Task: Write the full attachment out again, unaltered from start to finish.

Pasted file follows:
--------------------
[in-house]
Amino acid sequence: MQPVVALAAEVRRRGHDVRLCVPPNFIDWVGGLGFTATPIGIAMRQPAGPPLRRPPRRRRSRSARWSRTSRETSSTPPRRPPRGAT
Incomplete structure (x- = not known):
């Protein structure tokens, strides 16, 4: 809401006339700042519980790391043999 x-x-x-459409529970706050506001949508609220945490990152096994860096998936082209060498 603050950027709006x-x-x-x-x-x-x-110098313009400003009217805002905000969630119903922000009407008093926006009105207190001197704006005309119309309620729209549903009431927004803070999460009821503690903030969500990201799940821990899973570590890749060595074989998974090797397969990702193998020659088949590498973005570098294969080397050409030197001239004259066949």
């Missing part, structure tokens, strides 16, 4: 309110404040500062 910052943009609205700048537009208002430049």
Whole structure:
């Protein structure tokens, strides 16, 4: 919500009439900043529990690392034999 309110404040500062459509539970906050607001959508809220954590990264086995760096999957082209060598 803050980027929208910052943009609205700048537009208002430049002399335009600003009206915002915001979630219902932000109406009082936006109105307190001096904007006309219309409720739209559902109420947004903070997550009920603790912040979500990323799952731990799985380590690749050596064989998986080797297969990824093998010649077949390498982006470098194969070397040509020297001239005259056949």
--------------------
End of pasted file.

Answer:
[in-house]
Amino acid sequence: MQPVVALAAEVRRRGHDVRLCVPPNFIDWVGGLGFTATPIGIAMRQPAGPPLRRPPRRRRSRSARWSRTSRETSSTPPRRPPRGAT
Incomplete structure (x- = not known):
């Protein structure tokens, strides 16, 4: 809401006339700042519980790391043999 x-x-x-459409529970706050506001949508609220945490990152096994860096998936082209060498 603050950027709006x-x-x-x-x-x-x-110098313009400003009217805002905000969630119903922000009407008093926006009105207190001197704006005309119309309620729209549903009431927004803070999460009821503690903030969500990201799940821990899973570590890749060595074989998974090797397969990702193998020659088949590498973005570098294969080397050409030197001239004259066949």
């Missing part, structure tokens, strides 16, 4: 309110404040500062 910052943009609205700048537009208002430049």
Whole structure:
């Protein structure tokens, strides 16, 4: 919500009439900043529990690392034999 309110404040500062459509539970906050607001959508809220954590990264086995760096999957082209060598 803050980027929208910052943009609205700048537009208002430049002399335009600003009206915002915001979630219902932000109406009082936006109105307190001096904007006309219309409720739209559902109420947004903070997550009920603790912040979500990323799952731990799985380590690749050596064989998986080797297969990824093998010649077949390498982006470098194969070397040509020297001239005259056949």